I have the honour to deliver this statement on behalf of Austria, Hungary, Liechtenstein, Switzerland and my own delegation Germany.
The right to privacy is a fundamental human right. It is enshrined in Art. 12 of the Universal Declaration of Human Rights and Art. 17 of the International Covenant on Civil and Political Rights. Every person has the right to be protected from arbitrary or unlawful interference with her or his privacy, family, home or correspondence – every person is thus entitled to a “private sphere” free from undue interference or surveillance by the State or other actors.
In the light of the digital revolution, the challenges facing the right to privacy have considerably evolved. Innovations in technology have allowed individuals to use new forms of communication, enabling global information-sharing and free expression of opinion across borders. Developments in information technology have thus contributed greatly to social, economic and even political changes around the world. We welcome and support these developments. At the same time, technological changes have enhanced the capacity of State and non-State actors for surveillance, decryption and mass data collection, which may severely intrude people’s right to privacy.
Legitimate national security considerations and the necessities of law enforcement may justify, in well-defined cases and under specific circumstances, limitations to the right to privacy. Any restriction to the right to privacy must be based on law, respect the principle of proportionality and must be susceptible to review by an independent authority. Every instance of interference needs to be critically and thoroughly assessed by the yardstick of law, which itself must be in conformity with relevant international human rights standards. States must thus regulate by law for what purposes public or private actors may collect and store personal data and must ensure that such data are not transferred to unauthorised persons or used for purposes other than provided by law.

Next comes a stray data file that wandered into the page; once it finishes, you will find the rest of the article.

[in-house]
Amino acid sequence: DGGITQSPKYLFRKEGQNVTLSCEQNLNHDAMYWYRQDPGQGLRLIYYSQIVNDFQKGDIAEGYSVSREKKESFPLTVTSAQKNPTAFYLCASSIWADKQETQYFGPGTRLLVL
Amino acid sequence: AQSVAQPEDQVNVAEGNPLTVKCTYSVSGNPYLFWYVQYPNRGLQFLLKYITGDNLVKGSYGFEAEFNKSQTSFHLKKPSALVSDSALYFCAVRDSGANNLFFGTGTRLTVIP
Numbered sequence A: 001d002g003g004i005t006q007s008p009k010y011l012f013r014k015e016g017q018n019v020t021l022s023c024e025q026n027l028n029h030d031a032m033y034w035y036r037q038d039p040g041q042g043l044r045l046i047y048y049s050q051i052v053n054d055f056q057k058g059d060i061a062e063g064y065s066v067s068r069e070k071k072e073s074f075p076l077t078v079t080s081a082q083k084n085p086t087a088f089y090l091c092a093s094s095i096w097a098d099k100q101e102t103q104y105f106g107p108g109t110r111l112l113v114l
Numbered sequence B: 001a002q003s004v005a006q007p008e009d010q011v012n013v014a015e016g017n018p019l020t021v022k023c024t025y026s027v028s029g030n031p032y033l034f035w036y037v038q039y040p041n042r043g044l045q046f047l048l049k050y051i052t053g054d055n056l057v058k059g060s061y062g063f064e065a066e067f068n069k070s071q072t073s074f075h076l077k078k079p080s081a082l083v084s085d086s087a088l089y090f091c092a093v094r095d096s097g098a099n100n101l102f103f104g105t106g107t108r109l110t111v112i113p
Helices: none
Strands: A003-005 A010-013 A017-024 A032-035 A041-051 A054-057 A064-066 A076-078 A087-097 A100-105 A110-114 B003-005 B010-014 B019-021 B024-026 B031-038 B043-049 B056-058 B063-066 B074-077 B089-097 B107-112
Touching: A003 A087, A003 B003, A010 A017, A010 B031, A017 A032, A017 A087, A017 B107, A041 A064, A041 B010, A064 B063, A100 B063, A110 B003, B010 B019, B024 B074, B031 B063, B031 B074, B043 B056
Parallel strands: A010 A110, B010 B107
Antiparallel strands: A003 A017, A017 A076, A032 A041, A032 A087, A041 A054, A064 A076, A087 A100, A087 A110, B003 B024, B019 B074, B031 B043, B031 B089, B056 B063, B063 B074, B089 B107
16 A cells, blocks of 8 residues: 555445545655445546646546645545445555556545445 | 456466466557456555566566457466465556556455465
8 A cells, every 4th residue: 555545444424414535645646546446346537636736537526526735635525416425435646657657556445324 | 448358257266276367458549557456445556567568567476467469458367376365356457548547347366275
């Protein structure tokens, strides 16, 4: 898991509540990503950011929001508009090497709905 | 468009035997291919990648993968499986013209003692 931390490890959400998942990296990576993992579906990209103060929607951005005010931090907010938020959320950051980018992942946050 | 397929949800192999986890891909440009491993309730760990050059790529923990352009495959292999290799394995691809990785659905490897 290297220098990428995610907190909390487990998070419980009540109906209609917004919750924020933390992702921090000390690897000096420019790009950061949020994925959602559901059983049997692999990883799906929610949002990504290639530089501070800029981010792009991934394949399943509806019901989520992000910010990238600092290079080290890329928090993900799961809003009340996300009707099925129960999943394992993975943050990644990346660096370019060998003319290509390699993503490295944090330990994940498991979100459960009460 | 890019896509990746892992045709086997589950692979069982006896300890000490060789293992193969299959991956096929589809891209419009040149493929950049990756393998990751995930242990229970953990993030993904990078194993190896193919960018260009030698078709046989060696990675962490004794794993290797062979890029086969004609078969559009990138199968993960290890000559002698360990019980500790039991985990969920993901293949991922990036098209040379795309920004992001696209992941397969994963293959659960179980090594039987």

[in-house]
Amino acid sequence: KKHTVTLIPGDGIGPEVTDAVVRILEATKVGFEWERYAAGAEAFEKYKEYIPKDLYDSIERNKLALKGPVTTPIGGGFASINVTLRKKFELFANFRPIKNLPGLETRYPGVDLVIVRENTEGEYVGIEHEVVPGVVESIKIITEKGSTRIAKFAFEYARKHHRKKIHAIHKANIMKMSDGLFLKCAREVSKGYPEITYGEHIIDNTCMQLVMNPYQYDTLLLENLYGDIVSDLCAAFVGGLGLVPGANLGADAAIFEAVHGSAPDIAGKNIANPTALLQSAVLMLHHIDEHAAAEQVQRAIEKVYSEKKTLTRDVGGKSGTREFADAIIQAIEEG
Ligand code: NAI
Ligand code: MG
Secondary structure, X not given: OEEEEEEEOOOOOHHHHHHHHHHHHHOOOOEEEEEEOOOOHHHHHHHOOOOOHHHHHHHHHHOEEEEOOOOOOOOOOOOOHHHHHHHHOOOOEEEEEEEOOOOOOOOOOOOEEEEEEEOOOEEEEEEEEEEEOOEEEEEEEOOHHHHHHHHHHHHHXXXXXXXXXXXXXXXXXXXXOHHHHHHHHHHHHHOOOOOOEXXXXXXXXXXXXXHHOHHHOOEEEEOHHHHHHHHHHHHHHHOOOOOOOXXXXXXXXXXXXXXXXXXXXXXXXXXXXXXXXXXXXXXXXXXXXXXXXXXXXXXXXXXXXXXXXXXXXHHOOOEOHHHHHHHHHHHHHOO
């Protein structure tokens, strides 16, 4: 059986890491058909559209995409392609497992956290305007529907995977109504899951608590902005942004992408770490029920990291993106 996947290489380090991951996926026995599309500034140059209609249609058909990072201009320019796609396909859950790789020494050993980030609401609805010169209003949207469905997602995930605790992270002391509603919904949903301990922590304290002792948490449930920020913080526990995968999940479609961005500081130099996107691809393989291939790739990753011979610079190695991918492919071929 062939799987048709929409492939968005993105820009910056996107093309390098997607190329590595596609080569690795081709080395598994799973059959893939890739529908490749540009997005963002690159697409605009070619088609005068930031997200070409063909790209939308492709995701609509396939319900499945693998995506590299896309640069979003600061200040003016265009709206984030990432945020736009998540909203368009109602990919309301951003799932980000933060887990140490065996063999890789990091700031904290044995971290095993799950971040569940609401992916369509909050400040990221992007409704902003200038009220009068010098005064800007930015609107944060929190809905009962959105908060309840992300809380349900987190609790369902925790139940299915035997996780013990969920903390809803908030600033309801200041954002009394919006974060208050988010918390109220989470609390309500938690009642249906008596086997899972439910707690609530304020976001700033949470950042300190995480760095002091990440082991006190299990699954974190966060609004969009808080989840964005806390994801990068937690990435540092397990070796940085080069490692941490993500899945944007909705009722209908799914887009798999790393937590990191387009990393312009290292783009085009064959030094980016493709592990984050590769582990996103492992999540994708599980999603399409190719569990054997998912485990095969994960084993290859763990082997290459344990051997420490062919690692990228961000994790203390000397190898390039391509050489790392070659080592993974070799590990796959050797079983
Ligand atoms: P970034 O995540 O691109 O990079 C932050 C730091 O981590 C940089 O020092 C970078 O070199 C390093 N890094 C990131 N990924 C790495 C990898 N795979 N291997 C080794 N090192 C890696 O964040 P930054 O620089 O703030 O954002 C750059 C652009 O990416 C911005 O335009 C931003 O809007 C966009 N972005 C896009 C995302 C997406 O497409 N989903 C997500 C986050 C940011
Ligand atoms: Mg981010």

The international community, and in particular the Human Rights Council, should address ways to strike a sound balance between legitimate public and security concerns and the fundamental human right to privacy in the digital age. The right to privacy must be effectively safeguarded in view of the rapid technological developments. Building on the significant contributions of Special Rapporteur Frank La Rue and the former Special Rapporteur Martin Scheinin, we would like to further explore this critical question. To this end, we have organized a side-event on 20 September 2013 in Room XXI at 12 p.m. We would like to cordially invite you to participate at this event.
Thank you, Mr President